Last week we had our first heavy frost of the winter, and it was a cold one too. The temperature gauge in my van read -2 when I brought the old chuggabugg to a halt outside the entrance to where I was about to take the boys for a walk. I call this area “The Secret Fields” as unless you were lucky enough to stumble upon them, as I was, you would never know they even existed. There is a footpath that runs through the fields and shows signs of others walking along it but I,ve only ever seen one other person in the past 5 years that I have been exploring there.
The overall area is probably only 100 acres or so in size but it does hold numerous treasures. During the autumn and early winter it was along the hedgerows here that I picked most of my sloe berries, blackberries and elderberries which I have already written about elsewhere in this blog. I’ve found numerous species of mushrooms and picked some of the edible ones. And I,ve also sat and watched a pair of buzzards, dipping and wheeling, high on the thermals whilst courting. Thats not to mention the countless other species of birds that live in the local area. Once I even saw a small muntjac deer strolling along the hedge line before it sensed I was watching and disappeared into a nearby overgrown ditch. The wildlife is superb around these small fields but the sunset that can be seen on a sunny summers evening is truly magical.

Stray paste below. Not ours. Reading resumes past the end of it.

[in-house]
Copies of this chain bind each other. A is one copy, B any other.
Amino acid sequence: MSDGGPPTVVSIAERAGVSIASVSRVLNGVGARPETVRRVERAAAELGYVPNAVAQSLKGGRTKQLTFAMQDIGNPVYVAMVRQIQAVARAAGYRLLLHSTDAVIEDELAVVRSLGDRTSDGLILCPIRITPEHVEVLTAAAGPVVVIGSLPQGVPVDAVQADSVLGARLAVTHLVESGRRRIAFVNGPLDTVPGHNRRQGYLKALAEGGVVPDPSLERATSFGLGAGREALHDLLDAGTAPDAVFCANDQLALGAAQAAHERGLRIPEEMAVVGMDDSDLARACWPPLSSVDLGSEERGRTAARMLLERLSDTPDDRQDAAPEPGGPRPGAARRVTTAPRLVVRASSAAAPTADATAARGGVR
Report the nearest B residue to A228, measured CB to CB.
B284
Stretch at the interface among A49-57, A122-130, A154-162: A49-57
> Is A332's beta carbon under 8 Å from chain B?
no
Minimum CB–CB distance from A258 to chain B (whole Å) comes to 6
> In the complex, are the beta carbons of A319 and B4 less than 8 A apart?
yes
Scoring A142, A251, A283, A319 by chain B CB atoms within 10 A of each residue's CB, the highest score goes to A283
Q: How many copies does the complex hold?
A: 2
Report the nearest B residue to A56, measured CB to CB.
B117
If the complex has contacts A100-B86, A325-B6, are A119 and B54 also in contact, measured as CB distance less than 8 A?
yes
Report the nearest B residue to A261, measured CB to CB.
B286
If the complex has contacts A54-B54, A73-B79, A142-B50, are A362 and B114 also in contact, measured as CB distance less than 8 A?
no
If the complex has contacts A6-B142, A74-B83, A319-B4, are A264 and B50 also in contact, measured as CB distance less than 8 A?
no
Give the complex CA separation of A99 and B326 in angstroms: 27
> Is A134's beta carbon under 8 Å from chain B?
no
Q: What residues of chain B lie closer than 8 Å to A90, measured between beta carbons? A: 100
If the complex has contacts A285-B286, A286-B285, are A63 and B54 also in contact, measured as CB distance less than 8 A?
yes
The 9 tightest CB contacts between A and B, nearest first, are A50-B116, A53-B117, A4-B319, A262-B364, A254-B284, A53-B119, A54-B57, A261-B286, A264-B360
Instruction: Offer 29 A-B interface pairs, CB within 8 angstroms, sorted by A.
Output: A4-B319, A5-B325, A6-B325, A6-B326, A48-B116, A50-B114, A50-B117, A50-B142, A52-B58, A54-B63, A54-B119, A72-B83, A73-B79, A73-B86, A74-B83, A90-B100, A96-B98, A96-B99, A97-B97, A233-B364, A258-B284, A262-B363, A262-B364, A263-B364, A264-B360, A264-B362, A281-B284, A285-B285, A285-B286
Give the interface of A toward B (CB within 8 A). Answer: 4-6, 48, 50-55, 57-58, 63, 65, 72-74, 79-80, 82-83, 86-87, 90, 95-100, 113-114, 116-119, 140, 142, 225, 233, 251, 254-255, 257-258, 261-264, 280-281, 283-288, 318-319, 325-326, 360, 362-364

Anyway back to the cold morning last week. As mentioned already the temperature gauge was reading -2 as myself and the boys set off down the footpath towards the fields. All along the hedgerows the remaining berries were glistening with their coating of fresh frost as the additional weight made them hang lower than normal. The path came to an end and opened out into the first of the small fields and the short grass shone with its icy covering as the sun started to peak through the grey clouds. I walked along the right side of this field, as I always do, until I came to 2 small bridges, one after another, which lead into the largest field of the group. A drainage ditch runs around the perimeter of this field and is half full of Common Reeds which rustle quietly with the gentlest of breezes, the heads of these reads bowed low under the added weight of the nights frost. I love standing next to these reeds on a windy day as I find the sound they make quite soothing. I then walked across this field to a gateway which in turn leads to another small field which once walked through takes you back towards the footpath at the beginning of the walk. In total its only a 30 minute easy stroll but it is a beautiful one.
The boys thoroughly enjoyed their walk, as they always do, chasing each in and out of the ditches and hurtling through the grass as fast as their legs can carry them. Oh to have half as much energy as a spaniel. I enjoyed the bracing stroll too even though I did get a cold, drippy nose in the process, but it was worth it to be outside on such a glorious morning.
Stay safe guys, until next time……..